• On a trip to Mar-a-Lago when she was 29, Mary came out in a bathing suit and shorts. “Holy s–t, Mary. You’re stacked,” her uncle said to her, with all the grace and sensitivity we’ve come to expect from him.
  • For a time, Trump hired Mary to ghost-write his book “The Art of the Comeback.” At one point a Trump employee sent her some pages of material Trump wanted to include in the book. “It was an aggrieved compendium of women he had expected to date but who, having refused him, were suddenly the worst, ugliest, and fattest slobs he’d ever met,” including Madonna and Olympic figure skater Katarina Witt.
  • At a White House dinner in 2017, the president gestured toward his son Eric’s wife; the two at that point had been together for eight years. “I barely even knew who the f— she was, honestly, but then she gave a great speech during the campaign in Georgia supporting me,” Trump said.
  • “Vladimir Putin, Kim Jong-Un, and Mitch McConnell, all of whom bear more than a passing psychological resemblance to Fred,” Mary writes, “recognized … that Donald’s checkered personal history and his unique personality flaws make him extremely vulnerable to manipulation by smarter, more powerful men.”

Though Mary Trump’s book won’t be out for another week, it has already reached No. 4 on Amazon, behind John Bolton’s book and two books about racism. While we can’t rerun the history, there’s a strong chance that the Trump family’s attempt to suppress “Too Much and Never Enough” only brought it more attention; there’s nothing more intriguing than something someone doesn’t want you to see.

And while these details of President Trump’s life may not change anyone’s mind about whether they want to vote for him, they will be of significant historical interest. In the future, we’re going to ask not just how Trump got to be president but what could have produced such a man in the first place.

In Mary Trump’s account, if the future president ever possessed any virtues as a human being, they were eradicated by a cruel father who wanted to make his children just as ruthless as he was. She calls him the “monster” Fred Sr. created, someone who “would ultimately be rendered unlovable by the very nature of Fred’s preference for him.»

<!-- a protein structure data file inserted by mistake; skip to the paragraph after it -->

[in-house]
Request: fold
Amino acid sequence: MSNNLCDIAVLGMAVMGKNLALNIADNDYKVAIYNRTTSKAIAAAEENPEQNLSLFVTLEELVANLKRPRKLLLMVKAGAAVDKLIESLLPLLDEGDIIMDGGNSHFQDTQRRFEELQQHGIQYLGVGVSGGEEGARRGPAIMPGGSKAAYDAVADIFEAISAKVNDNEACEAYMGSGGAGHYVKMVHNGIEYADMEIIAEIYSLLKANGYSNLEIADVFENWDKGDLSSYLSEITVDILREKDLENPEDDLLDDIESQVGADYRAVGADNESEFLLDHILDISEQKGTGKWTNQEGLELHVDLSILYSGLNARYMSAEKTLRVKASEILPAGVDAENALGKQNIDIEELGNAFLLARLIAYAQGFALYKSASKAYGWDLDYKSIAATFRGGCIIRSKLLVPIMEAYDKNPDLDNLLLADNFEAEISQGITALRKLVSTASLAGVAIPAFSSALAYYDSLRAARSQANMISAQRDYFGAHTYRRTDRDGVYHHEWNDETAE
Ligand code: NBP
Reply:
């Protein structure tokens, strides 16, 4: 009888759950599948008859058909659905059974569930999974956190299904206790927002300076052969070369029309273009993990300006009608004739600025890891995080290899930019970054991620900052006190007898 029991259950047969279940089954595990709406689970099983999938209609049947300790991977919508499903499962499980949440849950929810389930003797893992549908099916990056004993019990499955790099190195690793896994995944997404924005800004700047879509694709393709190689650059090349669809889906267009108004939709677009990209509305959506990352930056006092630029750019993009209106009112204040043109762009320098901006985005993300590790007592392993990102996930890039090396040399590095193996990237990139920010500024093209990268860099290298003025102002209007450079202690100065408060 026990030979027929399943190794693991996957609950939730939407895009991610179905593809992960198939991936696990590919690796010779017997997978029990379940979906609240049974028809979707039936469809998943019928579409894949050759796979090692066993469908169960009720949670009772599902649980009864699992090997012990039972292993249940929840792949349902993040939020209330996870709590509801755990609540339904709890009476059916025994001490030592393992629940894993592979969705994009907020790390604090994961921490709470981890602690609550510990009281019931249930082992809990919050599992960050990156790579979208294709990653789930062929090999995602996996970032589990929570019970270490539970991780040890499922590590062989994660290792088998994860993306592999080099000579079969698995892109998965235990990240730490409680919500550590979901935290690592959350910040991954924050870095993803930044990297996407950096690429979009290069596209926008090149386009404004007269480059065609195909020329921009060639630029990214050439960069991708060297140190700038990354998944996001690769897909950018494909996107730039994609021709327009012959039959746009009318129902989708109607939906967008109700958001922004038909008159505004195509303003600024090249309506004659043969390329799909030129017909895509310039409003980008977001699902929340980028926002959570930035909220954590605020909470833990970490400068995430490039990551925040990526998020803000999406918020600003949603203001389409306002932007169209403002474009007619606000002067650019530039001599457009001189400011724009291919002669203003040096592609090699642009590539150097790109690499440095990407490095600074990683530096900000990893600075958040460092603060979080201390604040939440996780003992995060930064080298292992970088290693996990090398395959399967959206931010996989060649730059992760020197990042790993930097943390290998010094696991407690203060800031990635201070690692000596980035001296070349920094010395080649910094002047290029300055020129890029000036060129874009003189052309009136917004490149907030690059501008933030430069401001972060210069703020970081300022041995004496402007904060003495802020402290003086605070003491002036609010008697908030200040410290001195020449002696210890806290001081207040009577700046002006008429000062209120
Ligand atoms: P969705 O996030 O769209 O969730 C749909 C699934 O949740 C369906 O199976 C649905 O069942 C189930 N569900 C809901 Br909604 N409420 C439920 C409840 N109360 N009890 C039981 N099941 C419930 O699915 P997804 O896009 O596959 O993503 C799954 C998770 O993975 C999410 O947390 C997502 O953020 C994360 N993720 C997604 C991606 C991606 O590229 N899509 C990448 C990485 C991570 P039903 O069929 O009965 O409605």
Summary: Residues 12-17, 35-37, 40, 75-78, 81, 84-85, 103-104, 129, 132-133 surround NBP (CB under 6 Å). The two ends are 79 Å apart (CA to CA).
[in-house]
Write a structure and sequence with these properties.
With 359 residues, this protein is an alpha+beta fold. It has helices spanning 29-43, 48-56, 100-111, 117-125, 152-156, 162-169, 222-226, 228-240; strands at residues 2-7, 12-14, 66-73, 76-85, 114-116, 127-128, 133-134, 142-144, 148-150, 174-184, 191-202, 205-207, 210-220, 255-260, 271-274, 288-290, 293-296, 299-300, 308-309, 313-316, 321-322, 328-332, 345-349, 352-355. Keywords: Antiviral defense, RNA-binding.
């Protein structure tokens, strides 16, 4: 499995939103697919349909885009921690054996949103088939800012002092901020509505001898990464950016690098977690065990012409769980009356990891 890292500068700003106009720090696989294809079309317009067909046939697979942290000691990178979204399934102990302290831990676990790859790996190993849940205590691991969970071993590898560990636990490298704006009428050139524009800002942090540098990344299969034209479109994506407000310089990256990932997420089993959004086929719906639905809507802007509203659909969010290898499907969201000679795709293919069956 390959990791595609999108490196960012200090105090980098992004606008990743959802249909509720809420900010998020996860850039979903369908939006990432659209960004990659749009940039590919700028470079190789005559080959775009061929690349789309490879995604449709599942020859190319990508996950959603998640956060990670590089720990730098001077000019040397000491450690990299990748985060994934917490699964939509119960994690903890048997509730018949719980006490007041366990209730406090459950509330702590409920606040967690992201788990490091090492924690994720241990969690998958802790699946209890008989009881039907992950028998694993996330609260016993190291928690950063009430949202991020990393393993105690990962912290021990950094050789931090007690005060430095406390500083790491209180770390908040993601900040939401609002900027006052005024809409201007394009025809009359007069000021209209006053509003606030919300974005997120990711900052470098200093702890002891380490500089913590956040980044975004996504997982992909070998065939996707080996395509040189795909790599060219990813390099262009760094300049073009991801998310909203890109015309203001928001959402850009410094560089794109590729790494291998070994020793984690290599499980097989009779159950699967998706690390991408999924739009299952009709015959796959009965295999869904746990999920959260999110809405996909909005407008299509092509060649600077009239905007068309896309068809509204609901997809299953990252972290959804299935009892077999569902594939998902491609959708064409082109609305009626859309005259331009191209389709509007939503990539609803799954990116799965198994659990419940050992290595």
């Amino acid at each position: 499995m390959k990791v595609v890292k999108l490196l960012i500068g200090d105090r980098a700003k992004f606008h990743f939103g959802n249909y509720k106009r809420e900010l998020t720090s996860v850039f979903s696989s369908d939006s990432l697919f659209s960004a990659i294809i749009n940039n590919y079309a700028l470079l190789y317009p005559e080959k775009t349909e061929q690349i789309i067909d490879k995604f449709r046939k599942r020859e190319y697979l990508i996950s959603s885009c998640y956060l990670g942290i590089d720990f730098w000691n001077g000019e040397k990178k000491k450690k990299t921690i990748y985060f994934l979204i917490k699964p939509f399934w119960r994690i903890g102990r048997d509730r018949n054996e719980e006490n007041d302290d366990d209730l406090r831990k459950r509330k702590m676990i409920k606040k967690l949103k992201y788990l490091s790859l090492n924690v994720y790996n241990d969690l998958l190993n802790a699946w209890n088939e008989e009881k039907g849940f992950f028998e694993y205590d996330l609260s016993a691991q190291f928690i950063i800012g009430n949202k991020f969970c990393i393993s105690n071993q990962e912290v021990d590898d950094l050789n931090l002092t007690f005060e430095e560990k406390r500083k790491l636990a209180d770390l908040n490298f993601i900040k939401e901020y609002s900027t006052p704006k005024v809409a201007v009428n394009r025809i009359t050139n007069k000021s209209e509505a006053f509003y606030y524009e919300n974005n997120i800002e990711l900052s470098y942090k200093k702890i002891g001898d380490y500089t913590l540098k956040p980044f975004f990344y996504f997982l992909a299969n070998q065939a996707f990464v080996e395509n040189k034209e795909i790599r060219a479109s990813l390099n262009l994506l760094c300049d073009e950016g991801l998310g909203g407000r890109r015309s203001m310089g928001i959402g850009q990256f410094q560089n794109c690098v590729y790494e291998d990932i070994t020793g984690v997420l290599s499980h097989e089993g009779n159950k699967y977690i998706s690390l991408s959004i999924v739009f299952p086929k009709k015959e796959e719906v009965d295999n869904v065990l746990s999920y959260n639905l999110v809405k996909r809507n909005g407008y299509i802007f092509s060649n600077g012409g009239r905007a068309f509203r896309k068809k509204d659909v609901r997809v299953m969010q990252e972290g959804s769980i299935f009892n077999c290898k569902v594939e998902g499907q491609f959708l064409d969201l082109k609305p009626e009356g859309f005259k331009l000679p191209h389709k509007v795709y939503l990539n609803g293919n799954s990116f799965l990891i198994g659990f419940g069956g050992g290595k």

“In the end, there would be no love for Donald at all, just his agonizing thirsting for it,” she writes.

Somehow, through a combination of timing, his party’s pathologies, and dumb luck, Trump became the most powerful person on earth. And every new thing we learn about him only increases the horror.

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Her er den andre artikkelen, som snakker mer sjenerelt om presidenter og fedre.

“By limiting Donald’s access to his own feelings and rendering many of them unacceptable, Fred perverted his son’s perception of the world and damaged his ability to live in it,” she wrote.

Sitat fra artikkelen under, som igjen siterer boka til Mary Trump, Donalds niese.

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The Trump father-son psychodrama

Framed photographs of President Trump's parents, Fred and Mary Trump, sit on a table in the Oval Office during a meeting on Aug. 28, 2018.
Framed photographs of President Trump’s parents, Fred and Mary Trump, sit on a table in the Oval Office during a meeting on Aug. 28, 2018. (Chip Somodevilla/Getty Images)

Opinion by Karen TumultyColumnistJuly 8, 2020 at 12:10 a.m. GMT+2

No doubt the president and his allies will dispute many details of “Too Much and Never Enough: How My Family Created the World’s Most Dangerous Man.” The new book by President Trump’s niece, Mary L. Trump, purports to be the ultimate insider’s account of a family where cruelty was passed down like an heirloom rocking chair from generation to generation.

But there is also a universality in her reminder that what fathers bequeath their sons is complicated — not least for those who would be president.

Mary Trump, who has a doctoral degree in clinical psychology, is the daughter of the president’s older brother, Fred Jr., who died at 42 from an alcohol-related illness. According to her book, the family sent her father to the hospital alone on the night of his death.